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Legal drama ripped from the pages of history
"Courtroom drama gold" --The Sunday Times U.K. "Excellent" --The Observer U.K.
"A better class of entertainment" --The Times U.K. "Excitement, tension, passion, humor, and drama" --The Guardian U.K.
A passionate young barrister leads a legal revolution in this superb new courtroom drama set in 18th-century England. Appalled by the corruption of London’s Old Bailey, William Garrow Andrew Buchan, Cranford, The Fixer advocates for the accused and pioneers the art of cross-examination, paving the way for our modern legal system. Aided by his mentor Alun Armstrong, Little Dorrit, New Tricks and the beautiful Lady Sarah Hill Lyndsey Marshal, Being Human, The Hours, he faces down ruthless bounty hunters; callous judges; smug solicitors; and MP Sir Arthur Hill Rupert Graves, The Forsyte Saga, who sees Garrow as a threat to the law—and his marriage.
Based on a true story and drawing on actual Old Bailey court records, this award-winning series follows Garrow as he argues his first cases, rails against outdated legal practices, and shows that one man can indeed change everything.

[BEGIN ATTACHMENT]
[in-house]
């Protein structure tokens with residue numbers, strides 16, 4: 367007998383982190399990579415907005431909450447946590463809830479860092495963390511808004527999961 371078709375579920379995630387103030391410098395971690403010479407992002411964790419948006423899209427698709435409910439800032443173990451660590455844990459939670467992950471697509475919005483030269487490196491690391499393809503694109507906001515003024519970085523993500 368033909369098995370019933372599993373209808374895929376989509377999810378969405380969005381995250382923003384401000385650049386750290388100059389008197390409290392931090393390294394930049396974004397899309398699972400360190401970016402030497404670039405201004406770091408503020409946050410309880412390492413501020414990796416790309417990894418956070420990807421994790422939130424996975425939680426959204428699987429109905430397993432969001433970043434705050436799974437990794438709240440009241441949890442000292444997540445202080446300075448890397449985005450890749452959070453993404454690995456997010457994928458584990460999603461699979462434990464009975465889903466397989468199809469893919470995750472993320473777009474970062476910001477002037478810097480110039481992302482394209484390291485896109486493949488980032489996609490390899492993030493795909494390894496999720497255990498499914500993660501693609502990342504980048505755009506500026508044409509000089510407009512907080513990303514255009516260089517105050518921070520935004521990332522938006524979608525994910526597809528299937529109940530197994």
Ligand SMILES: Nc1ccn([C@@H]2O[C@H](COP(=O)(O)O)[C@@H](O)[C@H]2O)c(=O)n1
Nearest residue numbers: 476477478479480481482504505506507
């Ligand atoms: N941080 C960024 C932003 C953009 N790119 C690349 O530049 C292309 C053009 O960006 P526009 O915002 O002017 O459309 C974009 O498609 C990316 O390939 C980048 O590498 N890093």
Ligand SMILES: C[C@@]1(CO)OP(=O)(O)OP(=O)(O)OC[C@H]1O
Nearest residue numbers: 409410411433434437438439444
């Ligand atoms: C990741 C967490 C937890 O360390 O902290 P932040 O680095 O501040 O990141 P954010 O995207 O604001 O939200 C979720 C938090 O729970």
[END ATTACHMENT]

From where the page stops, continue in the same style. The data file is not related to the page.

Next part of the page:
An ingenious fusion of courtroom procedural and historical drama, Garrow's Law will satisfy a craving for stories both intimate and political. William Garrow was a real British barrister who came to the law in the late 1700s, a time when the accused were at the mercy of the court--and the court was not very merciful. Garrow's Law portrays the beginning of Garrow's career with just the right touches of melodrama and romance to make this series wonderfully engrossing. Garrow Andrew Buchan defends a maid accused of infanticide, a degenerate accused of stabbing women in the street, and a political prisoner tried for high treason, and fights to bring down a corrupt bounty hunter--all the while building a reputation in the press and cultivating enemies in high places. He chafes at the conservative advice of his mentor Southouse Alun Armstrong, whose rough face is familiar from dozens of BBC productions, jousts with a supercilious prosecutor Aidan McArdle, and feels sparks fly with Lady Sarah Hall Lyndsey Marshal, Being Human, whose sense of justice is more in line with Garrow's than with her aristocratic husband's Rupert Graves, Mrs. Dalloway, Made in Dagenham. Buchan plays Garrow with wily eyes and a flaring temper; he makes Garrow's ambition and self-righteousness somehow charming and persuasive, leavening him with just enough humility and humor to be deeply engaging. All in all, a delightful and thought-provoking series. --Bret Fetzer